Sunday, February 06, 2011

Poetry and Disaster

One of my more uncharitable thoughts not too long after our 7.1 earthquake last September was "Maybe I should stay away from open mic poetry readings for a while, there are going to be so many bad earthquake poems around".

Which is why I found this week's feature article at Poetry Daily especially interesting. In it Katie Ford writes about the duty of the poet, with reference to New Orleans post Hurricane Katrina. This is the line that drew me in:

A reader recoils at the thought of large, painful subjects being written about poorly. I felt very validated on reading that line

I was intrigued to read further and discover this:
Perhaps, then, poets should not set before themselves the task of writing "about" anything in particular. Our task is blind, we find our way by feel—a sensation that can grow confident and nimble in the absence of full sightedness.

The whole article had me thinking - or rather, extended the thinking I had already begun - about the way I write. Usually, I start with an idea and try and make the words fit. I'm becoming more interested in starting with an interesting line, and exploring where it takes me. I haven't come to any conclusions yet. I do think that starting with an idea can work, but not always. That could be why I have so many failed poems! A proportion work, and many more don't quite make the grade.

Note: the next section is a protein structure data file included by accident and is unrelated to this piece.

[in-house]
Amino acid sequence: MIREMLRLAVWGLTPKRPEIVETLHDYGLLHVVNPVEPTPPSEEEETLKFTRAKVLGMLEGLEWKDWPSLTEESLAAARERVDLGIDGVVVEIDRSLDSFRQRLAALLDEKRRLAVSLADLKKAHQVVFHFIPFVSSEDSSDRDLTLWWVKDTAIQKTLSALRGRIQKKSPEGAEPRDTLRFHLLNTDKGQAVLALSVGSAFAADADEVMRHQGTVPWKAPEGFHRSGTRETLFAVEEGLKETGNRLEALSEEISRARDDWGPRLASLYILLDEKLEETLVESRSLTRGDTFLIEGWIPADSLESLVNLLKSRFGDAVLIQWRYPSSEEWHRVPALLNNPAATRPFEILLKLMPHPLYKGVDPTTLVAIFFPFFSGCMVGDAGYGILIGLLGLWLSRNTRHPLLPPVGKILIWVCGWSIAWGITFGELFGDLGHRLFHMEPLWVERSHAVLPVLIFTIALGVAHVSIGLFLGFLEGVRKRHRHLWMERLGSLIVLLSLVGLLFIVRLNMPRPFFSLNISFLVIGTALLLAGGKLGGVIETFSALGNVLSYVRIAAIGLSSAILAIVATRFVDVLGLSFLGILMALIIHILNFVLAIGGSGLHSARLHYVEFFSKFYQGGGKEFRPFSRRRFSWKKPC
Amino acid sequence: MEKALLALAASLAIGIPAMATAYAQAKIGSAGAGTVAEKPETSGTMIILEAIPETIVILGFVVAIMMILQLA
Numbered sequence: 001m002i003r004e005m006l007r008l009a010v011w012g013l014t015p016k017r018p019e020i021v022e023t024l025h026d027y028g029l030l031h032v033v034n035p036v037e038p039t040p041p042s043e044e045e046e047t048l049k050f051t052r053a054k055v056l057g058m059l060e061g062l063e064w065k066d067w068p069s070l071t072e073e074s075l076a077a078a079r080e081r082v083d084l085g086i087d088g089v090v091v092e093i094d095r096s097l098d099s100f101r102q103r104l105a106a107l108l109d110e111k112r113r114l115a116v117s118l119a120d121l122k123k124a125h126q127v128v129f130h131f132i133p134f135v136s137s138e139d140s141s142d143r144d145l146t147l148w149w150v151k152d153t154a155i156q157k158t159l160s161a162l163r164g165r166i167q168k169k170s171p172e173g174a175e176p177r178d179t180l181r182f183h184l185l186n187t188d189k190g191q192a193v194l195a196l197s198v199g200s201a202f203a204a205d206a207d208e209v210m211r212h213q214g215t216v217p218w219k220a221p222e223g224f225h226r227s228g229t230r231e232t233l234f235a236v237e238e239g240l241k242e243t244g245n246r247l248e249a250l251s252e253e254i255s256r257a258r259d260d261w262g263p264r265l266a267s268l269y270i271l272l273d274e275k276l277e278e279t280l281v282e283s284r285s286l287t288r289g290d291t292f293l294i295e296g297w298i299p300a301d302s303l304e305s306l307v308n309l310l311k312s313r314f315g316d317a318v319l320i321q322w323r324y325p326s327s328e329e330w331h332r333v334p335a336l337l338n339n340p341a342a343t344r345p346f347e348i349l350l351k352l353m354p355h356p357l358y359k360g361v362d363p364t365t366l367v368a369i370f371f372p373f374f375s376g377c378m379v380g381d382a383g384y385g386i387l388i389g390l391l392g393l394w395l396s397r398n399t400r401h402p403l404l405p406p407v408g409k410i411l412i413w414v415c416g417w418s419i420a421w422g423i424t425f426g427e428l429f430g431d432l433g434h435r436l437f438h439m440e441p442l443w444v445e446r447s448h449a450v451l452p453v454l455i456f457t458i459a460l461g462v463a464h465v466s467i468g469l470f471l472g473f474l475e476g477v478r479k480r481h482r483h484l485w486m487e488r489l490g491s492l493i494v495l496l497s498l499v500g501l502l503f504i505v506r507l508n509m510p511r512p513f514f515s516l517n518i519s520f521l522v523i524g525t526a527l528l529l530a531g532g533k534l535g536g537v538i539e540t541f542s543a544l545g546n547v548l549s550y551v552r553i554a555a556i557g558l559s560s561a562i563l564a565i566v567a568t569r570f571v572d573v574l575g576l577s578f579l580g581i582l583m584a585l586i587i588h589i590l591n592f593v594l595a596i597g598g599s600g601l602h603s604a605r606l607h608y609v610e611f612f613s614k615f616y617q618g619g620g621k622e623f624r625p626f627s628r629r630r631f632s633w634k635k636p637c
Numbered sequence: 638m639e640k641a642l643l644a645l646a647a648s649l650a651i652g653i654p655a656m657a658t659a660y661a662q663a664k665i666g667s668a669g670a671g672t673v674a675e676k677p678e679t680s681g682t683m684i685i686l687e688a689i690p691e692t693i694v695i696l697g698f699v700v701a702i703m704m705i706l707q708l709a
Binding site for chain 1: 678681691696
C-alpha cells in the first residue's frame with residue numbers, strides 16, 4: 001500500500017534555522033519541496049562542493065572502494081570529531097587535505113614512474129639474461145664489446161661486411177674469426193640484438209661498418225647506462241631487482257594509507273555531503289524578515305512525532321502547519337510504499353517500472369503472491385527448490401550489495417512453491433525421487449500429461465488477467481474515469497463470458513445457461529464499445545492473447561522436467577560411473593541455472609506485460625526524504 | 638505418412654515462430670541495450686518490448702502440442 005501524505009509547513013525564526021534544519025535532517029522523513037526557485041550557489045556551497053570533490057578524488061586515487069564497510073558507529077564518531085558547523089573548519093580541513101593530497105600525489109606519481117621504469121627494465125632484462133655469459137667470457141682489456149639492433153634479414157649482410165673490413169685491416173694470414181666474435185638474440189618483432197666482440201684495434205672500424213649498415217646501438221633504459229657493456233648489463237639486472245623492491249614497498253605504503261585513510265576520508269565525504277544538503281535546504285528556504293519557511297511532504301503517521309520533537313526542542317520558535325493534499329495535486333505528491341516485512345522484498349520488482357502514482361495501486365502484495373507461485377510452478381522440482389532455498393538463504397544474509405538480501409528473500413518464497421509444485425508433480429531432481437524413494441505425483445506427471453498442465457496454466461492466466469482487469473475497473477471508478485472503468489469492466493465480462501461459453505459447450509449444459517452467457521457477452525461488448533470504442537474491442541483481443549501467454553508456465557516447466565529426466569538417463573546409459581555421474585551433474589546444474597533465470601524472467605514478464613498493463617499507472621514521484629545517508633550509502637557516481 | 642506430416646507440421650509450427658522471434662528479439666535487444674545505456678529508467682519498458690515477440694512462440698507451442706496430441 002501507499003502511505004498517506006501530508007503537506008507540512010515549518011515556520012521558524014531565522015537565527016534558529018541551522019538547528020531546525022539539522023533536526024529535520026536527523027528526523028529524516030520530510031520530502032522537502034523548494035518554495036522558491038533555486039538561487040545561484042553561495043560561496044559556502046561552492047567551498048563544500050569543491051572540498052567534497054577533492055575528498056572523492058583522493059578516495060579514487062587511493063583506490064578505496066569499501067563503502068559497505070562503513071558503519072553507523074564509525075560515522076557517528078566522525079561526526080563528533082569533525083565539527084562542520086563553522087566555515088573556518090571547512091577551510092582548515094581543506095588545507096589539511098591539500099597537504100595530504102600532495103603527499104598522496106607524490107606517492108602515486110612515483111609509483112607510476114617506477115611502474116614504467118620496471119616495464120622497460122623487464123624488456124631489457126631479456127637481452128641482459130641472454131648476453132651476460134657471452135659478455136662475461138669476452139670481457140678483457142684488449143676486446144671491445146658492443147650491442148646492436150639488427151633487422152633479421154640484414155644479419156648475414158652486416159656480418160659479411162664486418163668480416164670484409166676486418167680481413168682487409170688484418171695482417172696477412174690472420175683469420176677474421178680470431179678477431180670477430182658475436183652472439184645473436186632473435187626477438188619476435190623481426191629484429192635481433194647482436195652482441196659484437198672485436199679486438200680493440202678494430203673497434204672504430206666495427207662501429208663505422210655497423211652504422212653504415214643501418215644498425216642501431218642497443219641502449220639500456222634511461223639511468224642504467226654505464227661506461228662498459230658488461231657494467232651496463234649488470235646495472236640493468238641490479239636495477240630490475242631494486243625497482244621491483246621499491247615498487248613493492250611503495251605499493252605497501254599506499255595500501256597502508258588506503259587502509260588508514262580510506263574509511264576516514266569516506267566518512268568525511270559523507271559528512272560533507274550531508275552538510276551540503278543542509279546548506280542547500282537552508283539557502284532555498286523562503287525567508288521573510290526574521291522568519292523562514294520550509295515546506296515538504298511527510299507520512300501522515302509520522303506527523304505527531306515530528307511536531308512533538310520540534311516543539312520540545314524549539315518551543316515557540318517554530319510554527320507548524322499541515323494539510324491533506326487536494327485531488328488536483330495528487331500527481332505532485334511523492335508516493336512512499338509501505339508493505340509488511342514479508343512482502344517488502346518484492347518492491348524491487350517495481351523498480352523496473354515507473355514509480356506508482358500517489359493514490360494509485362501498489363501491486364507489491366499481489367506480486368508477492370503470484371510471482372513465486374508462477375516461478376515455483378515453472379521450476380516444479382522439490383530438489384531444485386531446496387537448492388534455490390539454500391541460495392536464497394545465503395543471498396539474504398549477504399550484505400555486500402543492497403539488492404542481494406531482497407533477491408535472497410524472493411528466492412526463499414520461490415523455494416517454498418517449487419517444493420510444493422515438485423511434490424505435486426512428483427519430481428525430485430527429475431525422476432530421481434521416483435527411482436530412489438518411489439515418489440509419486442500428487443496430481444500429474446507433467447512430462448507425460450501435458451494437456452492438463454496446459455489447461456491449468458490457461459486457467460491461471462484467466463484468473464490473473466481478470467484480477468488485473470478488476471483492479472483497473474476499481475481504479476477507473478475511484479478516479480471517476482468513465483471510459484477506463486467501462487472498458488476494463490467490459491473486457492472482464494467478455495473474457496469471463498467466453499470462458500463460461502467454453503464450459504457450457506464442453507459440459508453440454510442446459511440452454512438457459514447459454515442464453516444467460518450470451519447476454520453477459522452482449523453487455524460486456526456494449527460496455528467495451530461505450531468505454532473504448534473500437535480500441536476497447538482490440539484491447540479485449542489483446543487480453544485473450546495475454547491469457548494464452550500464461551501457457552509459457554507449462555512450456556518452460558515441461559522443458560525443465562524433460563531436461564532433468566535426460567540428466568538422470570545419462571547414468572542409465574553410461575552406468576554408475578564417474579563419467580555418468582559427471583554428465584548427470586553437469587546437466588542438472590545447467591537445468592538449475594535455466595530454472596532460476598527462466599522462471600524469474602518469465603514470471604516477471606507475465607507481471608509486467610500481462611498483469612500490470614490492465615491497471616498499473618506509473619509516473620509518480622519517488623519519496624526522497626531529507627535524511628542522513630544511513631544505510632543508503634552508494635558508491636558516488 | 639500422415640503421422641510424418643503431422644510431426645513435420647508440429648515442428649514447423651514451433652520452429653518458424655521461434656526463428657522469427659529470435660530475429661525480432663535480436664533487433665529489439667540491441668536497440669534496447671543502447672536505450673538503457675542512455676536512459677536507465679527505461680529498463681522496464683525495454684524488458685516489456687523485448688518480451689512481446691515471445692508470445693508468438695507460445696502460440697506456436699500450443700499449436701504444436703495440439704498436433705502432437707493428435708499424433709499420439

Click the link if you want to read the whole article, the daily poems are archived on the site for a year, but I'm not sure how long the feature articles stay available, so it would be best to try sooner rather than later.

1 comment:

Kathleen Jones said...

I do so agree. Tutoring creative writing has brought me into contact with rather a lot of 'occasion' poems turgid with emotion and cliche. I wrote a poem after an earth tremor in Italy, but couldn't write anything after the Canterbuy Quake. It was too big an experience. Maybe one day, if I have anything to say.....